And a printer like the Maxify-line also uses pigment inks but those do stick to glossy papers. I guess those are then glossy pigment inks? A conclusion might be that the pigment black of the Maxify might be a little less black than a pigment black of a run-of-the-mill dye printer.

OR: it might be that the Maxify actually has a "matte pigment black ink" not unlike the dye printer has, but has "glossy pigment colour inks" and uses only the colours when printing on glossy (also to make black).

Which of these is true? (If I understood this at all otherwise. :\)
 
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Ink stained Fingers

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You cannot generalize those assumptions, you can assume that HP or Canon or Epson follow slightly different strategies in respect to their pigment inks, and every of those inks is tuned for a particular range of applications - Canon or Epson may mix black from the CMY inks on glossy papers , and HP may use a pigment black instead. You don't have a choice when you buy a Canon or Epson or...... printer model of this or that type.
As these don't even adhere to the glossy coatings as you say, no wonder that those printers have to use dye photo black.
The inks are made such that they perform this way, every multipurpose printer comes with some restrictions and compromises and a target range of applications.
 

ColourKid

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I see, that makes sense.

Notwithstanding this, there still remains the question to the Maxify owners then, forgiving my misuse of the terms "matte pigment ink" and "glossy pigment ink":

And a printer like the Maxify-line also uses pigment inks but those do stick to glossy papers. I guess those are then glossy pigment inks? [...]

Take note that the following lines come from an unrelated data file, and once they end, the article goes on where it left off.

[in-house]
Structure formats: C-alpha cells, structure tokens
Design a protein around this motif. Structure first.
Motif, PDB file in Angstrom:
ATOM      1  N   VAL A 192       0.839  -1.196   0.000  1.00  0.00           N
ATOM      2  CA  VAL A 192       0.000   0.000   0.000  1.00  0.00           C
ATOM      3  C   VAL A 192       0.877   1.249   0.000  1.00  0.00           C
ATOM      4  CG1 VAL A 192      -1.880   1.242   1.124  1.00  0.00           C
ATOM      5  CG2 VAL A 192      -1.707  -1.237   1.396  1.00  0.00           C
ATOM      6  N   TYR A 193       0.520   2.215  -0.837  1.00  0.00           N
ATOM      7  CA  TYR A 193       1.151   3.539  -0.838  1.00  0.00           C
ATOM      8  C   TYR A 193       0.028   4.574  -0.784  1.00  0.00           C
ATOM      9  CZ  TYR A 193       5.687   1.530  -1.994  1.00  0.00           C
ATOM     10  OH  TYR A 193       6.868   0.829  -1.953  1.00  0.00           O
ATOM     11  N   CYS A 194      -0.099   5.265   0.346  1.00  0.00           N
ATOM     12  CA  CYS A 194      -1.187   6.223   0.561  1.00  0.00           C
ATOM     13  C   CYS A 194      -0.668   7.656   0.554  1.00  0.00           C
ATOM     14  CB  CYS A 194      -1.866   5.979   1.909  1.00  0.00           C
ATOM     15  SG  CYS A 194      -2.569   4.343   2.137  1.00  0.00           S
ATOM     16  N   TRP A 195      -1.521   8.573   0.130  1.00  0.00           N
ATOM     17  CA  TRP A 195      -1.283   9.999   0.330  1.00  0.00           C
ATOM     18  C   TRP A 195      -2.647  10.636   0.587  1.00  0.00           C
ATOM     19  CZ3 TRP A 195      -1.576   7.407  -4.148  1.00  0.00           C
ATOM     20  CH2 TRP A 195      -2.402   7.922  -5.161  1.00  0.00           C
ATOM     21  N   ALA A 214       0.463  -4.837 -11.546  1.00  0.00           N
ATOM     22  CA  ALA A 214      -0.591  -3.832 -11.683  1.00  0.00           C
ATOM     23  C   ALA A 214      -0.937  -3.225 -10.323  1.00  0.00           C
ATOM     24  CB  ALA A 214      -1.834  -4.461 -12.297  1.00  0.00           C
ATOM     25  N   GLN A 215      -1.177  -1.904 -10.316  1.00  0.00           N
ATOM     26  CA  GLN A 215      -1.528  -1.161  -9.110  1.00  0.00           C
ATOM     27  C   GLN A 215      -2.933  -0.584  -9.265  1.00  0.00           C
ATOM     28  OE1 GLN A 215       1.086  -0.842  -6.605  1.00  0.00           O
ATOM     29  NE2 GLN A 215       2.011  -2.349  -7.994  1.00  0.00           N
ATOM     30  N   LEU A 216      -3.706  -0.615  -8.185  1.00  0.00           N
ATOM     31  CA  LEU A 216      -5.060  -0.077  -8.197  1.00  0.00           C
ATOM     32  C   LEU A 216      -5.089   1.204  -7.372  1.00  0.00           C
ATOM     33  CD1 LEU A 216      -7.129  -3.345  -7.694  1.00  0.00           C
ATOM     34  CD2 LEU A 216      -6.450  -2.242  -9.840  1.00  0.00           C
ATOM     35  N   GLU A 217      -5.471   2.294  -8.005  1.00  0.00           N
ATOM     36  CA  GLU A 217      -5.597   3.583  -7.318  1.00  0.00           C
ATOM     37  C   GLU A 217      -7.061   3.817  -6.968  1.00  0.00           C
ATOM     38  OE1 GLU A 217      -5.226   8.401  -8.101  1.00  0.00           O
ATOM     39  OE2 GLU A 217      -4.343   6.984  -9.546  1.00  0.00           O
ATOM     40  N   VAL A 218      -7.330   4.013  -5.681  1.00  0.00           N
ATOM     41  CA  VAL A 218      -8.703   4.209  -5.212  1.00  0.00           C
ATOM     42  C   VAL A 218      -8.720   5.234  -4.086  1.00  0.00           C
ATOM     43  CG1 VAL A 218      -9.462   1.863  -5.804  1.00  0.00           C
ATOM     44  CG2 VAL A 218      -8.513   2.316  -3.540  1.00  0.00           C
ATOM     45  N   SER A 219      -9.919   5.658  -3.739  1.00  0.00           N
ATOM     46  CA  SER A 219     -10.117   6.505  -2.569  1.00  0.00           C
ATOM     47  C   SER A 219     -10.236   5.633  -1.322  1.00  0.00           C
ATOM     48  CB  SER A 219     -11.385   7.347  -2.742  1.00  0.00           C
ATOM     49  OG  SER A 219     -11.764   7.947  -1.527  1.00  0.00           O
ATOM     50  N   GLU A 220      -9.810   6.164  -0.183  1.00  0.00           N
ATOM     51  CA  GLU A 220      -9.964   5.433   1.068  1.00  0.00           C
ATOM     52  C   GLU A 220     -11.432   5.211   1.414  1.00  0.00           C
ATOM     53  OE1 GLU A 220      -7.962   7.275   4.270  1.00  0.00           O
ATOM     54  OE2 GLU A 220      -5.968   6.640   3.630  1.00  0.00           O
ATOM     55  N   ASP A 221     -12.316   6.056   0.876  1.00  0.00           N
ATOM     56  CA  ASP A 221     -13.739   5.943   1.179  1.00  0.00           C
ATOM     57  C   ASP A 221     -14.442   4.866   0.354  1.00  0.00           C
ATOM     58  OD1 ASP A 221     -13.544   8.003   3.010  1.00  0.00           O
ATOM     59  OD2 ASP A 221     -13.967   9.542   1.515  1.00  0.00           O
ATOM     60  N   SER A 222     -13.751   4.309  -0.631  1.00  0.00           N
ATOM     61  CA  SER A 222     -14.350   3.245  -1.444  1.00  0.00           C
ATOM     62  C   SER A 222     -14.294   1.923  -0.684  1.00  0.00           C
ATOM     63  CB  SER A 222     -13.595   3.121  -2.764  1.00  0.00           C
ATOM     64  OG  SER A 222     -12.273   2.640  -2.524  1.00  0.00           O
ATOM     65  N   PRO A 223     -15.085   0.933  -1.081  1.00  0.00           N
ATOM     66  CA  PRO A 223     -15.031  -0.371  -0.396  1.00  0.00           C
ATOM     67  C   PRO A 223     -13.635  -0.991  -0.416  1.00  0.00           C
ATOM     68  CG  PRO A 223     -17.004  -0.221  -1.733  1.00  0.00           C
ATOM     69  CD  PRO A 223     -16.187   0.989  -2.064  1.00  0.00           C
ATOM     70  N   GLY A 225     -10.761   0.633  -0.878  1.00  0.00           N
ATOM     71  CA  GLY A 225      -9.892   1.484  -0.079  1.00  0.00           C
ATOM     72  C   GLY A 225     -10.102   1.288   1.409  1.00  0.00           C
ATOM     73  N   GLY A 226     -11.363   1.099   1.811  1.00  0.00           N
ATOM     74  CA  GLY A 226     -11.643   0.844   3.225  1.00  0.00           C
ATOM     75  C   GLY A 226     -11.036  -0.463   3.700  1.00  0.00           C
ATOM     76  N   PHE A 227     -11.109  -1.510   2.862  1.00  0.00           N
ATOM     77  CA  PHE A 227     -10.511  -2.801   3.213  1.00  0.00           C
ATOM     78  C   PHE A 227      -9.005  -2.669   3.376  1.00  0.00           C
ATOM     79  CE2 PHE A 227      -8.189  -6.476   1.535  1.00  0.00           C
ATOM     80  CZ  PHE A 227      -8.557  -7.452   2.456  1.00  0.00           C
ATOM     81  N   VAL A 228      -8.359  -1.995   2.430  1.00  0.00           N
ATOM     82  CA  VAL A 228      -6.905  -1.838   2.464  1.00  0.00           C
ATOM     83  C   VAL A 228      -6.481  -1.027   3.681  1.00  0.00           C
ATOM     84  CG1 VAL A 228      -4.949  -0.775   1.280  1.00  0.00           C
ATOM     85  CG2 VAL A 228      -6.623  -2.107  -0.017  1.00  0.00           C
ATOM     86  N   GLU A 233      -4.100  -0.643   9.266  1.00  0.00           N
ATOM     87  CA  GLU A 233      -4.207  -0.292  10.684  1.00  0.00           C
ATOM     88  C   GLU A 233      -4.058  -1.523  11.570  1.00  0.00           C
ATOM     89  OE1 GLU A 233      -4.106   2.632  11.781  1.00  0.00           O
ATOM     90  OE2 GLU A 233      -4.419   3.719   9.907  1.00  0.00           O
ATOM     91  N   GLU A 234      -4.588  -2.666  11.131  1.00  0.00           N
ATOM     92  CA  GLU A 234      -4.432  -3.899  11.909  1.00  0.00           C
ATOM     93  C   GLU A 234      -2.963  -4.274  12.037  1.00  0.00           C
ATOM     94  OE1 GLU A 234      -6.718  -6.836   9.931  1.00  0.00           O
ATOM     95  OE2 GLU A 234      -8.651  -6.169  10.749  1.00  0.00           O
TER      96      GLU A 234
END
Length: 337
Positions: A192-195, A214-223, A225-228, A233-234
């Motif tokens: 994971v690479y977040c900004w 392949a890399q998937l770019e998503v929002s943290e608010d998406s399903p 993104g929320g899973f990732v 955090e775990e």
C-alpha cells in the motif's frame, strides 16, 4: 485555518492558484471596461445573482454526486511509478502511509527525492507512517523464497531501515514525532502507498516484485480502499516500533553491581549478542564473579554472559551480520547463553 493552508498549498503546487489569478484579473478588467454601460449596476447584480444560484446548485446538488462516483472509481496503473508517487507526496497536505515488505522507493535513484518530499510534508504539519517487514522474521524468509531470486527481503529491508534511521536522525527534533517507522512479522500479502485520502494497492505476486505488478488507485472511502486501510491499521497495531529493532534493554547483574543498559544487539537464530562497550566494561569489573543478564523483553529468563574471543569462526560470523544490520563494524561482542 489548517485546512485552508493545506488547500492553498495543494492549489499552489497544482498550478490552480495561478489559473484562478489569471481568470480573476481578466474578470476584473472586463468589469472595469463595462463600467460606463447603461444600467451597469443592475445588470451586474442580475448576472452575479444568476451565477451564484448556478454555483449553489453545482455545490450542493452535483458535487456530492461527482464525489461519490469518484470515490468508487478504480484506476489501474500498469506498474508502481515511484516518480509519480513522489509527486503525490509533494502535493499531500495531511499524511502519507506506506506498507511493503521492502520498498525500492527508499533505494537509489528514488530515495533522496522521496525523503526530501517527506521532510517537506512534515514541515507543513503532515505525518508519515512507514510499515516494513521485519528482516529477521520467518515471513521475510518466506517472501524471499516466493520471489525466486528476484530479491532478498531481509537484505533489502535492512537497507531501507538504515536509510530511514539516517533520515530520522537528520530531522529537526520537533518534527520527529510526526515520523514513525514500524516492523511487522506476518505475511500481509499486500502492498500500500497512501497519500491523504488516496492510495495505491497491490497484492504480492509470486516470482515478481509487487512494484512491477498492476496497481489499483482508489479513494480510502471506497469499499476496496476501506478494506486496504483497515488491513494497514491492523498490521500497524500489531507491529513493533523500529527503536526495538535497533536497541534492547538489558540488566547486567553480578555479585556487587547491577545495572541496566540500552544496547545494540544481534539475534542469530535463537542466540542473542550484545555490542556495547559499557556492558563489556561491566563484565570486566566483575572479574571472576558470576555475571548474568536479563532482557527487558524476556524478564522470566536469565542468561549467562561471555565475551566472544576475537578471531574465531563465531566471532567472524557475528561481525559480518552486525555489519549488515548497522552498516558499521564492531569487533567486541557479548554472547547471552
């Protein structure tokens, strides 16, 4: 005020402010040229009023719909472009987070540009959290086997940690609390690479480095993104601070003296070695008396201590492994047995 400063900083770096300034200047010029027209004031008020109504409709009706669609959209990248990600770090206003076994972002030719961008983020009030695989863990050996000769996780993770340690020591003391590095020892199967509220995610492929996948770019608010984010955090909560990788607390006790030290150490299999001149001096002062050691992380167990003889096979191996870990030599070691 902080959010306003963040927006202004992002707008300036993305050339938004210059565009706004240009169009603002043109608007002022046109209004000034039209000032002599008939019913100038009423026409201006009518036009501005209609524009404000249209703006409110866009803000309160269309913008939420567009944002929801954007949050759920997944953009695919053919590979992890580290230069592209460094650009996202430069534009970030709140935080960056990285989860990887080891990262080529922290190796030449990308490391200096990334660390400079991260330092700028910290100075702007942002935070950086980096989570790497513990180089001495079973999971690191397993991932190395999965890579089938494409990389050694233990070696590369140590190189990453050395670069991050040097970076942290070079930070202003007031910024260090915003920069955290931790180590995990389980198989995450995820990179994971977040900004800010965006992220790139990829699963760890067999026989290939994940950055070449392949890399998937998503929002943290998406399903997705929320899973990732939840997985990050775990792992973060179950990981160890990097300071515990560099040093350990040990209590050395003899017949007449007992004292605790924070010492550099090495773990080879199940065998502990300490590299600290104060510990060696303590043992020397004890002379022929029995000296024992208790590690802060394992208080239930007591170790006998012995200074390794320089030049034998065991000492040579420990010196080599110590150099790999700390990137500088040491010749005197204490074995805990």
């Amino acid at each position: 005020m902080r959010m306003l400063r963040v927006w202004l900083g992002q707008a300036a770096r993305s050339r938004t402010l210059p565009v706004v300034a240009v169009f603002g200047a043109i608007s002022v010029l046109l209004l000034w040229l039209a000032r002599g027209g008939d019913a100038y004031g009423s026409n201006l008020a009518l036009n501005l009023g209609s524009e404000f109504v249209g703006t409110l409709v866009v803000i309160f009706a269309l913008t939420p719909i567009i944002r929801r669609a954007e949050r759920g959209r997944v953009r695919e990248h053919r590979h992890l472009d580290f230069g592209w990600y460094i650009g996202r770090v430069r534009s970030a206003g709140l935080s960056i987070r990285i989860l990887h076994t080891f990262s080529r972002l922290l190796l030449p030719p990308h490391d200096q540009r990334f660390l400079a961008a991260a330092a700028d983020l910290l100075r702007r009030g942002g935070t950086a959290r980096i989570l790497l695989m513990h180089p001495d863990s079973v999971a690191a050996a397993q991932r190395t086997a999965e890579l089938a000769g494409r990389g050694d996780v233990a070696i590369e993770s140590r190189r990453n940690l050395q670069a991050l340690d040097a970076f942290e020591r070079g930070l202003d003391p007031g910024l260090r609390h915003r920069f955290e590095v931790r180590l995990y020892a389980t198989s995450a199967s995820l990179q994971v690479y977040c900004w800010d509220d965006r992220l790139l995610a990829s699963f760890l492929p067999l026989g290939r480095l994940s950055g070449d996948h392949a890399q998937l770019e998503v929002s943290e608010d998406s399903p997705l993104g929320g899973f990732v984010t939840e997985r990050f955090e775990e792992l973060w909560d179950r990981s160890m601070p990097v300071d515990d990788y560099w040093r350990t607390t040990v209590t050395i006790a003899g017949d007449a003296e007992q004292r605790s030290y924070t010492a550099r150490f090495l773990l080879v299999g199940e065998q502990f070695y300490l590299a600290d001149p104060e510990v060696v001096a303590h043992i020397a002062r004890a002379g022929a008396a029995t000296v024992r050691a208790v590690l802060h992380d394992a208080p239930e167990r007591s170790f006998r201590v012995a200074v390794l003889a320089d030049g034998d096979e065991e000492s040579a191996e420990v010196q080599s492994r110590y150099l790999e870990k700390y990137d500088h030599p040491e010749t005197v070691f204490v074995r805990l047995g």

OR: it might be that the Maxify actually has a "matte pigment black ink" not unlike the dye printer has, but has "glossy pigment colour inks" and uses only the colours when printing on glossy (also to make black).
Any Maxify owner care to comment?
 

The Hat

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Any Maxify owner care to comment?
I have given it to you as plain and simple as I can, all of the Maxify inks are just ordinary pigment inks not glossy or matte, just pigment and their not special in any way, as @Ink stained Fingers said “You cannot generalize those assumptions”.

You shouldn’t try and mix up what you know about dye ink printers and then apply the same principal to pigment ink printers, it doesn’t work that way at all, just accept things as they are for now till you can get more hands on experience with pigment inks, then it will become clearer..
 

ColourKid

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Alright, thank you all for explaining. At first things seem easy, like with many things, but then it seems there could be books written about this. But I guess there are, kind of, but they may be in the 'big secret' departments of the printer manufacturers. Oh well I'm lucky enough to have this forum. :)

I look forward to get some more hand-on experience. I will let you know in time how things are going with my Maxify adventure.
 

The Hat

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I look forward to get some more hand-on experience. I will let you know in time how things are going with my Maxify adventure.
If you decide on the Maxify, then choose wisely there are quite a few models to pick from, and all vary in price up and down to suite your pocket, look at the specifications of each model before making a final decision, This brute has quite a big arsenal..
Try and ease yourself into the printing scene, it will come easier that way and your own experiences are more valuable than you think, mistakes O’ we’ve all made them… Just Have Fun.. :)
P.S. I'm still making them..:hu